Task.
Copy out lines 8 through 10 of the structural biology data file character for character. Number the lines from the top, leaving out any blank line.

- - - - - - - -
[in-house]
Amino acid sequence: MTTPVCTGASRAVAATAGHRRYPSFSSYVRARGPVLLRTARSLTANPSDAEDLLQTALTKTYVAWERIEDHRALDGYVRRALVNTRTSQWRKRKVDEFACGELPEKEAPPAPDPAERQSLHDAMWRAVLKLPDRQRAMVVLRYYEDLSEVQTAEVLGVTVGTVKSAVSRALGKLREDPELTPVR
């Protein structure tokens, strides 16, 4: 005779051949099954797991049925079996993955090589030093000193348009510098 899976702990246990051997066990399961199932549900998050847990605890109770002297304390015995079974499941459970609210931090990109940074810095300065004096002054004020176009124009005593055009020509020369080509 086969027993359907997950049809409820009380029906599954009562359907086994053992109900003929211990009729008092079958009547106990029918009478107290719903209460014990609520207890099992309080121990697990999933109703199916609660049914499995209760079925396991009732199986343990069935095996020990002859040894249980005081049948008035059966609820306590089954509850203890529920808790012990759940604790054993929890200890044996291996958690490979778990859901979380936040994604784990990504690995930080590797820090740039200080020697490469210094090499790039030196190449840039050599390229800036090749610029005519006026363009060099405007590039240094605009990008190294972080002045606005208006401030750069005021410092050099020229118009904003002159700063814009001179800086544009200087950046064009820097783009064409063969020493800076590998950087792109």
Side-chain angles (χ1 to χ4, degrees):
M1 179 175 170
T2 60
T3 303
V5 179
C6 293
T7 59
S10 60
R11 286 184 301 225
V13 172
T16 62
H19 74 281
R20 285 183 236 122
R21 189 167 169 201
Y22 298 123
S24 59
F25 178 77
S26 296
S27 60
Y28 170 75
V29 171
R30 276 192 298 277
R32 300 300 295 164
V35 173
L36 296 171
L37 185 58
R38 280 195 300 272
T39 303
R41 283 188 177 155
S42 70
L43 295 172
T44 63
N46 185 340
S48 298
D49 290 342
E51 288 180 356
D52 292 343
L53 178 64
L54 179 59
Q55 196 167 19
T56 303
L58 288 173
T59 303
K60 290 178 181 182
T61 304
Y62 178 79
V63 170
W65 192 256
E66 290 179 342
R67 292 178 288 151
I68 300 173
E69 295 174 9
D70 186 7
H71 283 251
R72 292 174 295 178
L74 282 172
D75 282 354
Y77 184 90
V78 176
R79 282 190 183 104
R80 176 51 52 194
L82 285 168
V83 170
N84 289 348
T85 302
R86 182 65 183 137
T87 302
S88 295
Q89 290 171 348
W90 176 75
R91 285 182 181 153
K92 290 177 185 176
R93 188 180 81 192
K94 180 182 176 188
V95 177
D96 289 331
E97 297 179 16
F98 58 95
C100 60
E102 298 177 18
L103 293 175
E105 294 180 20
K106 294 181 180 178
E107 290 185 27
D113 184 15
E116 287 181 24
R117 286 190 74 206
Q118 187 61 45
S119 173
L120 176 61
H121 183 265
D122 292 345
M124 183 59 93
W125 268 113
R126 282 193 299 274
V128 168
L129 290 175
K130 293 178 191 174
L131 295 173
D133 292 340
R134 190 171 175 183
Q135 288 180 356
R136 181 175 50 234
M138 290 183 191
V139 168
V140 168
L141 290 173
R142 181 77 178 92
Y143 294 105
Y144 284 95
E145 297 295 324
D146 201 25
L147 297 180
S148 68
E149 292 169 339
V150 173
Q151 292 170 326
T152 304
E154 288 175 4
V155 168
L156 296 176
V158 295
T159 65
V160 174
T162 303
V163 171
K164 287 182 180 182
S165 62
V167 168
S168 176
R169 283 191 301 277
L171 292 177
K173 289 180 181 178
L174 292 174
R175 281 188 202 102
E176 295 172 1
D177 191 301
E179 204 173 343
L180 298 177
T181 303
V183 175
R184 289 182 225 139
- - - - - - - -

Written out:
V5 179
C6 293
T7 59